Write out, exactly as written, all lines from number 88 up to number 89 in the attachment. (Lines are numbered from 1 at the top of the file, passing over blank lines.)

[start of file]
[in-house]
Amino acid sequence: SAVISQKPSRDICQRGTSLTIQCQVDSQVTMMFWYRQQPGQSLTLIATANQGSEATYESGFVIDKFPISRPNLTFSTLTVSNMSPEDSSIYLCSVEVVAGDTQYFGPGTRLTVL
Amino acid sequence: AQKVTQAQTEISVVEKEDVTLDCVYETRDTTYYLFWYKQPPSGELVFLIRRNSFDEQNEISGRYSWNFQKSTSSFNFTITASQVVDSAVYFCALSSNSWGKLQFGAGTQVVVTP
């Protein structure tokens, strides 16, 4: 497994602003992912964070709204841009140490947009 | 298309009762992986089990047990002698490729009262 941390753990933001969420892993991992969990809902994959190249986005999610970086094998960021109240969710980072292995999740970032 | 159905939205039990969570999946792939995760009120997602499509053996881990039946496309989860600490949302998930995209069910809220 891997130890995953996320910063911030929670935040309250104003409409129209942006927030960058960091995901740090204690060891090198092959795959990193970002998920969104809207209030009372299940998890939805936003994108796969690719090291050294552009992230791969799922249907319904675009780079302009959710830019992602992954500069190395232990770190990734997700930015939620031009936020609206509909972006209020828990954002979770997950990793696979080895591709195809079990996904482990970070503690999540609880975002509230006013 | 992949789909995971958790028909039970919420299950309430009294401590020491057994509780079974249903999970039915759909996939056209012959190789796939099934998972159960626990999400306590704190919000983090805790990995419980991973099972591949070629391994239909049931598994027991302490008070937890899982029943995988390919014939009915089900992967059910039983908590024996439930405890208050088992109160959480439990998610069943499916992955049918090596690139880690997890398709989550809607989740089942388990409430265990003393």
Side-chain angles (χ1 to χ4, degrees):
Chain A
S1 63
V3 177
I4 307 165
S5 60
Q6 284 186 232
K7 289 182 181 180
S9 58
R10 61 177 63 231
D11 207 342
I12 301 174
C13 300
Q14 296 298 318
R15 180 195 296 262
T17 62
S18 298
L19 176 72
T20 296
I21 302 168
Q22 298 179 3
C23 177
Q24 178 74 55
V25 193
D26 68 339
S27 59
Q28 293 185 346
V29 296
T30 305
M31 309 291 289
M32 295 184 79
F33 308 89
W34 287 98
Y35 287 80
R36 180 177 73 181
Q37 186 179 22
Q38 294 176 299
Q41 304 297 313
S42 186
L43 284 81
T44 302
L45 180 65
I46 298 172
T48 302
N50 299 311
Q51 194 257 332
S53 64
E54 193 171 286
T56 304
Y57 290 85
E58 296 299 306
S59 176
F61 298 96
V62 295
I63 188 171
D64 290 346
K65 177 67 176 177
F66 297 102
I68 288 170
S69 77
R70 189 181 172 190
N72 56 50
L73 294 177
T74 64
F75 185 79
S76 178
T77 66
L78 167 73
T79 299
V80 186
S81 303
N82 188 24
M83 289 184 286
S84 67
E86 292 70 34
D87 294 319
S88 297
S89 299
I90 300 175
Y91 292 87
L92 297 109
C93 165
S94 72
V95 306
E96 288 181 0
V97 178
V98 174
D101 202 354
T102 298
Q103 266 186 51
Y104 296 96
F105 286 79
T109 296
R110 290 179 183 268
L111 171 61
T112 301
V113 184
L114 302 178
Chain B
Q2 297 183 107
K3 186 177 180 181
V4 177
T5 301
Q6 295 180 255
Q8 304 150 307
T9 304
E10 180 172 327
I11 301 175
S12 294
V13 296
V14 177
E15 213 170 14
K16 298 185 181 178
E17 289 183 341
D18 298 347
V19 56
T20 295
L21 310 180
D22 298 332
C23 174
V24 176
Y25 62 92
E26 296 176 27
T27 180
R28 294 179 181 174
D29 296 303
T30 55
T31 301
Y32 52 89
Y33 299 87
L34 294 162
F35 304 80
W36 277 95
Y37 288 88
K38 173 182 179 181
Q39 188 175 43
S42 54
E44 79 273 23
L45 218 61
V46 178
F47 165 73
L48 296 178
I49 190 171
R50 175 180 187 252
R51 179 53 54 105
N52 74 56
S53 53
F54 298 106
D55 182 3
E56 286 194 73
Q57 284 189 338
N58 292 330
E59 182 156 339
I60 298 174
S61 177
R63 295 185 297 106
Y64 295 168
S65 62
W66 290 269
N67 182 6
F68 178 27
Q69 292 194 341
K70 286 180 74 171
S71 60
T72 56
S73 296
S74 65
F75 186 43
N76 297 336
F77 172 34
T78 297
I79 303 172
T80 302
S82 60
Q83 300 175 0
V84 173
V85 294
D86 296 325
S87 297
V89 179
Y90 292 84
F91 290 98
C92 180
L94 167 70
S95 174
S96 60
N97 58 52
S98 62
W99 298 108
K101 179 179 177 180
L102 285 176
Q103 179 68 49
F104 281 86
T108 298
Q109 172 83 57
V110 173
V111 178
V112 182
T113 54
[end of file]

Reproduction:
V95 306
E96 288 181 0